FROM INSTRUCTION TO DELIGHT: AN ANTHOLOGY OF CHILDREN'S LITERATURE TO 1850
Edited by Patricia Demers and Gordon Moyles.
Volume 10 Number 4.
Professors Demers and Moyles, both of whom teach in the English department of the University of Alberta, have compiled a useful anthology for students of the history of children's literature. Included are examples of writings produced for children from medieval books of courtesy through the Sunday school tracts of mid-nineteenth century. The editors have grouped their selections according to the attitudes and motivations of the authors— "Rational Moralists," "Sunday School Moralists," and "Harbingers of the Golden Age," for example. Each section is introduced by a brief incisive essay placing the writers in historical context. While most selections are from British and American writers, Canadians are represented by an excerpt from Catharine Parr Traill's The Young Emigrants (in the "Rational Moralists" section). Each selection is long enough to give a feeling for the quality and tone of the work, and many are accompanied by some of their original illustrations. Much of the material is difficult to find elsewhere, although a few selections will be familiar to most readers. There are some disappointments. Why, for example is Maria Edgeworth represented by "The Purple Jar," the only one of her stories that has been widely reprinted elsewhere? These quibbles, however, do not take away from the value of this attractive and well-edited book that increases our understanding of the roots of English language literature for children.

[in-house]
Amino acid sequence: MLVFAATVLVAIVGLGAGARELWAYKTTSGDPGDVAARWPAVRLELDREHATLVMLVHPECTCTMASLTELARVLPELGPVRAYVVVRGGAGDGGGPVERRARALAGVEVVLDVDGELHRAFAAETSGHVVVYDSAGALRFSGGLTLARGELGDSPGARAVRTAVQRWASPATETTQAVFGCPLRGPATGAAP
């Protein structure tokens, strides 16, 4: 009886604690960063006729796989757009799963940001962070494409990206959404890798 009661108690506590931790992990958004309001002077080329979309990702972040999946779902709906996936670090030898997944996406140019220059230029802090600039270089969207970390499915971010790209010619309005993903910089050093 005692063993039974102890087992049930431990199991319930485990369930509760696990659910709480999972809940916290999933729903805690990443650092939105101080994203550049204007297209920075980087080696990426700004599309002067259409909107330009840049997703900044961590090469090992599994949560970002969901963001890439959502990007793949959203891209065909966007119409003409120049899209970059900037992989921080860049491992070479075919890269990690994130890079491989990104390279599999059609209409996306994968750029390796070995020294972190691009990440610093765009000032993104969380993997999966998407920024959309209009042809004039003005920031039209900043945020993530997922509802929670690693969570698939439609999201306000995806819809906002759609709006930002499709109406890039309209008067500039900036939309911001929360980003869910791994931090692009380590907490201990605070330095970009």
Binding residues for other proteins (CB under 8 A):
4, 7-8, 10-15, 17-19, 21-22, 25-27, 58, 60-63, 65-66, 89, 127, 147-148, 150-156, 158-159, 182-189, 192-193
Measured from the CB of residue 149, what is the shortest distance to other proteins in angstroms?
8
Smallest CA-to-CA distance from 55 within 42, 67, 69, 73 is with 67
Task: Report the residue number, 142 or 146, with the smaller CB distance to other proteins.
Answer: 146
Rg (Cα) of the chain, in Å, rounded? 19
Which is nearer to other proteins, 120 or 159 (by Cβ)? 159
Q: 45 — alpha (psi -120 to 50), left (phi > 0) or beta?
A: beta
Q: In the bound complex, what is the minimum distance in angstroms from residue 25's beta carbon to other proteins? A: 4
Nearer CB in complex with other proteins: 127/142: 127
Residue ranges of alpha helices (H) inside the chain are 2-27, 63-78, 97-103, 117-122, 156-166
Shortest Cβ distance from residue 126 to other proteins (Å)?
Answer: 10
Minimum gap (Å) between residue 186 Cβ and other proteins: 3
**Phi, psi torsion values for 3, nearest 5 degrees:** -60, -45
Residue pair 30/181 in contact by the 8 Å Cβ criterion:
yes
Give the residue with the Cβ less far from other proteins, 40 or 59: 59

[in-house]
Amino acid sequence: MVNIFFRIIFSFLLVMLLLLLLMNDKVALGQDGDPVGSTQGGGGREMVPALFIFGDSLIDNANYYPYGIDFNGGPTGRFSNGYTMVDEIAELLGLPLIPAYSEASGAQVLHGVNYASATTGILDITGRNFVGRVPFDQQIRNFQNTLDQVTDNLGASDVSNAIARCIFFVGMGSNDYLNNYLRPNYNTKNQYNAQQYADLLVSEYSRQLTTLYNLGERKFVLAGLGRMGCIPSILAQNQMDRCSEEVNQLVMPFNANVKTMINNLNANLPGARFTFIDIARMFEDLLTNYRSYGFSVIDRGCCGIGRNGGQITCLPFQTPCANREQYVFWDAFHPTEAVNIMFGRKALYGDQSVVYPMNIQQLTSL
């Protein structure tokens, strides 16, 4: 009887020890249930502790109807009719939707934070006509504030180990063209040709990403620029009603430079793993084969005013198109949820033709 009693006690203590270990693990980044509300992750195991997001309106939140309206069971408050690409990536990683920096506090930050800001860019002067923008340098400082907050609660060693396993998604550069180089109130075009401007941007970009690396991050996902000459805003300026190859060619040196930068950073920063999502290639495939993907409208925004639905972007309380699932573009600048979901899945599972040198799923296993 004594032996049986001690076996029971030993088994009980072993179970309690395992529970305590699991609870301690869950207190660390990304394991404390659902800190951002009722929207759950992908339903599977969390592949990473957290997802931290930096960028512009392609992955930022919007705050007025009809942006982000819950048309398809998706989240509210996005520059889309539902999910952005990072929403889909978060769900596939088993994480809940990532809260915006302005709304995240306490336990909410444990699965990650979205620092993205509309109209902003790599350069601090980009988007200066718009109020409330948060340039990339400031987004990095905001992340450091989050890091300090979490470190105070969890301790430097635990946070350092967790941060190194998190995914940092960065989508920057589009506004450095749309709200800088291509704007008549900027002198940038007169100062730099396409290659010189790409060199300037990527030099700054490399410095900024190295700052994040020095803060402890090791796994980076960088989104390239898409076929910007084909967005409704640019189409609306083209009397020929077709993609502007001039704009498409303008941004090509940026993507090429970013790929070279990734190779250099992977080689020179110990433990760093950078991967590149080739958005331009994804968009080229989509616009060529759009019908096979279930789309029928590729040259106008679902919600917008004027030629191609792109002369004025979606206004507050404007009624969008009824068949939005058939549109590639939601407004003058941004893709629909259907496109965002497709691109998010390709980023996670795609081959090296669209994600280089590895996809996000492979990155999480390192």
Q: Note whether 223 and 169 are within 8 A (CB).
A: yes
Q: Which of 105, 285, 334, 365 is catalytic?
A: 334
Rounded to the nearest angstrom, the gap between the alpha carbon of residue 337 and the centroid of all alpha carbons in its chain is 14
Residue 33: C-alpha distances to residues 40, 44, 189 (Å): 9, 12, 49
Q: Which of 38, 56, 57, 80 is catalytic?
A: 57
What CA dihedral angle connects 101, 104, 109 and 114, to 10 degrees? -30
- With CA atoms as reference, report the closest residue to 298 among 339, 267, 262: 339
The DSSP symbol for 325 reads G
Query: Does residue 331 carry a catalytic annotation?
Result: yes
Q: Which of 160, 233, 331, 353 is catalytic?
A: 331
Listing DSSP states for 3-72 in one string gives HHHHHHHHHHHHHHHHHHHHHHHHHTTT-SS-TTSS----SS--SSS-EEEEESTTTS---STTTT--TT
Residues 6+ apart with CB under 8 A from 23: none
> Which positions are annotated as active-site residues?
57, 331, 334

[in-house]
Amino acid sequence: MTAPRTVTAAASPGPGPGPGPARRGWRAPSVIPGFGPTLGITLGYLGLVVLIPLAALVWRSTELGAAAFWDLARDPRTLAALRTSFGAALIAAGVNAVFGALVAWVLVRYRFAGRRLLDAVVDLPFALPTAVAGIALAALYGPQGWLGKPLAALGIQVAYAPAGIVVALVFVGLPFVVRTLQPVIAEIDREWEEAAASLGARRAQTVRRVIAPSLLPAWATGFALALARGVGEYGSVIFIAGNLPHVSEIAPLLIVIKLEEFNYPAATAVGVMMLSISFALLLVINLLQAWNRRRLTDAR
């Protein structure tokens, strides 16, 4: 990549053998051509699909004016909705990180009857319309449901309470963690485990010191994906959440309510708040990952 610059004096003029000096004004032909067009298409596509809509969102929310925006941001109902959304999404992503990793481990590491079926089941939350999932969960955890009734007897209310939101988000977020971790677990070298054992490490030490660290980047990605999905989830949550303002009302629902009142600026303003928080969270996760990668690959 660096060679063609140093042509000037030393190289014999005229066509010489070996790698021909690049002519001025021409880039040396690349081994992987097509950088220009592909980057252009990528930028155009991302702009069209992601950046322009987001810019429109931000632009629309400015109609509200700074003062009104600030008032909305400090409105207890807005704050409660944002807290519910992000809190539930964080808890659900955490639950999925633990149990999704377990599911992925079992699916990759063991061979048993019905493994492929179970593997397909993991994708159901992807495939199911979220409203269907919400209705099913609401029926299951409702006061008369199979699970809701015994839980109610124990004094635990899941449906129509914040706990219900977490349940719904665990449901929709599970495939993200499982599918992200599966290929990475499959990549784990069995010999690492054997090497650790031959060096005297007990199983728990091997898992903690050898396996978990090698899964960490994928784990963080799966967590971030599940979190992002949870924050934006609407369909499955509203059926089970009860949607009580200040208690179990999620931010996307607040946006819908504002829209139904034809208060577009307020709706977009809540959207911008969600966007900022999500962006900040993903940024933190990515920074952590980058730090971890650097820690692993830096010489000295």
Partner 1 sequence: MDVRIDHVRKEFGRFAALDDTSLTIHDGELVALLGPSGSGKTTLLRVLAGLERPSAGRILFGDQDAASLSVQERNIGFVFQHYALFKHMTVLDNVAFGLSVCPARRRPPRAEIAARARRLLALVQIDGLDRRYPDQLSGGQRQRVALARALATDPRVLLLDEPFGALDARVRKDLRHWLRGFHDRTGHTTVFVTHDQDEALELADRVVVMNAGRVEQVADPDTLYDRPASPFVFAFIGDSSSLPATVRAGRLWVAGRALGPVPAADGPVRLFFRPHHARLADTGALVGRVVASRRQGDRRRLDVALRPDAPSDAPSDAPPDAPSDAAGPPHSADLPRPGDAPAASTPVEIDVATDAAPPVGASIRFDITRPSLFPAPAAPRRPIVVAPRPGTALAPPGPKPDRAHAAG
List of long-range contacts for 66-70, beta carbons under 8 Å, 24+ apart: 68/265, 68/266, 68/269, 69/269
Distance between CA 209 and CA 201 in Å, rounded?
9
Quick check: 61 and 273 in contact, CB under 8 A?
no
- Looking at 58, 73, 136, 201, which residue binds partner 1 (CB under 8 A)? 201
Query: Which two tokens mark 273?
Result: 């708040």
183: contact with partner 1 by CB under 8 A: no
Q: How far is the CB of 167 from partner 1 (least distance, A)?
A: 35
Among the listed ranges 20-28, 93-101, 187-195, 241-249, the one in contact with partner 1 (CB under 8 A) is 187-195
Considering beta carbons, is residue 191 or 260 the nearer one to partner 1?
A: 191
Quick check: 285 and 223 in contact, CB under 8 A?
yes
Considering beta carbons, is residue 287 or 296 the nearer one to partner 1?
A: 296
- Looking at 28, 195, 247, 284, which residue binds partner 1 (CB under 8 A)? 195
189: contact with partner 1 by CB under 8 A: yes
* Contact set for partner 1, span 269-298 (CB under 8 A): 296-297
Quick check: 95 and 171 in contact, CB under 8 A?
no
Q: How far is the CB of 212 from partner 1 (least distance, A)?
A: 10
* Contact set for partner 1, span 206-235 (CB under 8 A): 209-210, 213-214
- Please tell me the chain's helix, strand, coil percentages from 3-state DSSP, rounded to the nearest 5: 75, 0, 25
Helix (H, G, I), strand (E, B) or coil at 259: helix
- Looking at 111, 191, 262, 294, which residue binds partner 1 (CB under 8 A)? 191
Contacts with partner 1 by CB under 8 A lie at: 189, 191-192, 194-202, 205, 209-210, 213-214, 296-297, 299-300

Adele M. Fasick, Faculty of Library Science, University of Toronto, Toronto, ON.
1971-1979 | 1980-1985 | 1986-1990 | 1991-1995
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